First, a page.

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Norwich City boss Chris Hughton defends his top gun policy against Everton

Gary Hooper is denied by Tim Howard in Norwich City's best first half chance of a 2-0 Premier League defeat at Goodison Park. Picture by Paul Chesterton/Focus Images Ltd

Gary Hooper is denied by Tim Howard in Norwich City's best first half chance of a 2-0 Premier League defeat at Goodison Park. Picture by Paul Chesterton/Focus Images Ltd

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Chris Hughton was adamant the key difference between Norwich City and Everton was the finishing not the formations at Goodison Park.

The Canaries’ boss paired Gary Hooper and Ricky van Wolfswinkel up front for the first time from the start in the Premier League, but the big-money summer signings failed to test Tim Howard with the hosts dominating proceedings until the final quarter. Gareth Barry’s venomous long range strike opened the scoring prior to the interval before Kevin Mirallas’ free kick beat a sprawling John Ruddy to seal the points.

“The difference between the two teams on this performance was the quality of the finishing,” said Hughton. “I thought we came here quite aggressively and played two up front to restrict the number of balls they play out from the back, because you have to try and limit their movement and the number of opportunities. They threatened a lot, they were very clever in how they got in behind us but John did not have to pull out too many saves and if Gary had scored that one (in the first-half) it would have given us a lift and we could have pushed on from there.

“I think the system that we played gave us an opportunity to close them down quicker, and an opportunity to get the ball up the park and keep it there. I felt that was quite brave of us to play two strikers. You can play an extra one in midfield and it means you have a bit more possession, but then you’re not giving yourselves the opportunities to score.”

Hughton could admire Barry’s left-footed hit but the Norwich boss was less than impressed with the way Everton’s holding midfielder was allowed to advance to the edge of the visitors’ penalty box.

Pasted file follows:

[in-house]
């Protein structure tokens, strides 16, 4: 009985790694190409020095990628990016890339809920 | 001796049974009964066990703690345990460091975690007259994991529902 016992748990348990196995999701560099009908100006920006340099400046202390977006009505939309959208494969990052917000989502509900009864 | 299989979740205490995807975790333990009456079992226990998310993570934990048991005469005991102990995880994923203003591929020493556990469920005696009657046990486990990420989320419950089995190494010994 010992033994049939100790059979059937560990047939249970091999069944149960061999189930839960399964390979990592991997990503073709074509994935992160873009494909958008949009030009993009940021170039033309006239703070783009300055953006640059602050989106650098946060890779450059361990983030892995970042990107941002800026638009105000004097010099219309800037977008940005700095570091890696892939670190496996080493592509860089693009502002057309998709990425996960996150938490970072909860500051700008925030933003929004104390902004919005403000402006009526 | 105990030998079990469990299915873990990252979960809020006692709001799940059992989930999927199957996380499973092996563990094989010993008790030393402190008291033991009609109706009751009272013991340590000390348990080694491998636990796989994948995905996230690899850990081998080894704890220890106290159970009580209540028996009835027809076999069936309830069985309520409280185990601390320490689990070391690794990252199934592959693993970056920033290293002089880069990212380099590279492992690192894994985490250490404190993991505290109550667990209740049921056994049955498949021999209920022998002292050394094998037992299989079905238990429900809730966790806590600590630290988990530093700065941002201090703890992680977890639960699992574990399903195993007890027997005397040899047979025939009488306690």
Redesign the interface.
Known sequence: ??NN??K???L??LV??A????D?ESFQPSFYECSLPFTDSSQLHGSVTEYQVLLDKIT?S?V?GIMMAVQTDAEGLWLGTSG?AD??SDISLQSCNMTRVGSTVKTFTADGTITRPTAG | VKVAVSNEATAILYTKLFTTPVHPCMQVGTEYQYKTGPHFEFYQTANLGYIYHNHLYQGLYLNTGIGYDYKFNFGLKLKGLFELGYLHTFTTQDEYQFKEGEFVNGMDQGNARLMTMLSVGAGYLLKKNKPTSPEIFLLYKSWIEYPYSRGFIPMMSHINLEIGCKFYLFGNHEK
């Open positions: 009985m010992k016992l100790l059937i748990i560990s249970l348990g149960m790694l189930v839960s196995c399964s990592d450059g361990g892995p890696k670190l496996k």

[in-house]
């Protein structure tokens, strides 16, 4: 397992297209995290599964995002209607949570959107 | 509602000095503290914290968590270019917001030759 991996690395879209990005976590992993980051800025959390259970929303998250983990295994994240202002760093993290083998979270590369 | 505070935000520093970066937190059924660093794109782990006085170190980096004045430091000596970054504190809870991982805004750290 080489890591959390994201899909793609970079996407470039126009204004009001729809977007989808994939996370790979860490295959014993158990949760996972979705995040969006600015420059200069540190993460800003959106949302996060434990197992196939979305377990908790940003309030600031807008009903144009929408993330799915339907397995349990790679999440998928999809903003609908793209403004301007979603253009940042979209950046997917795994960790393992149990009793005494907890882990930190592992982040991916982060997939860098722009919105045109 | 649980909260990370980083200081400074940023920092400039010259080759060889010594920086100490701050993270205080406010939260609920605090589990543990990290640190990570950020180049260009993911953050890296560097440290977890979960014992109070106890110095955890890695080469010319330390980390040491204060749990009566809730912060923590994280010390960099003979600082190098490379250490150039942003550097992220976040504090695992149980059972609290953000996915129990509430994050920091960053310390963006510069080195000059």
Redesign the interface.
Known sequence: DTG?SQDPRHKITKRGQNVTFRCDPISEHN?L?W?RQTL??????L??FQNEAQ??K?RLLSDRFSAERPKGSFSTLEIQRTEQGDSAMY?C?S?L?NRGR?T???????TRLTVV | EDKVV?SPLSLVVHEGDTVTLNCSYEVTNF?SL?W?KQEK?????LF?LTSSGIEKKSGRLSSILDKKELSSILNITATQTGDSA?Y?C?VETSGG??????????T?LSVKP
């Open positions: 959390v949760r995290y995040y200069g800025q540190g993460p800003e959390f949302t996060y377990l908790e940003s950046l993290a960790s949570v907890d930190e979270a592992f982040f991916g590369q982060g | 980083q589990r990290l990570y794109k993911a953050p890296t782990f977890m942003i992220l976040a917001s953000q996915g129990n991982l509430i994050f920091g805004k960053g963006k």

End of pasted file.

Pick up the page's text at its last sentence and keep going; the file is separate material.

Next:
“They have very good movement and it is difficult to stop everything but yes I think we could have done better on that goal,” he said. “The initial bit of that build-up was difficult because I think Ryan Bennett came out and then dropped back again and there was some movement to the side of him. I think Ryan was nervous to go out and face him up and rightly so with other players making runs, but at 1-0 you know the game can still change in your favour.”

Bennett was also a pivotal figure in Everton’s second just before half-time when he hauled down Leighton Baines.

“My first impression was it might not have been a foul but having seen it since then yes I don’t have any complaints,” said Hughton. “It is a wonderful finish but we didn’t shy away from trying to get back into the game. We can take pride from that last 30 minutes when we had a go and we had our own chances.

“Ricky had a chance, but to be fair it would have been against the run of play and if we had gone on and got something probably an unjust result. I was frustrated not to see that in the first half - I would have liked to have seen more of that. We showed character and I don’t think anybody can accuse us of lying down or not giving ourselves a chance to get back in it.

“They didn’t create as many clear-cut chances as they would like but in the pivotal moments they showed quality. We knew we were up against a team who would have more possession because they have generally played that way against most other sides this season so what you need to do is stick in there.”

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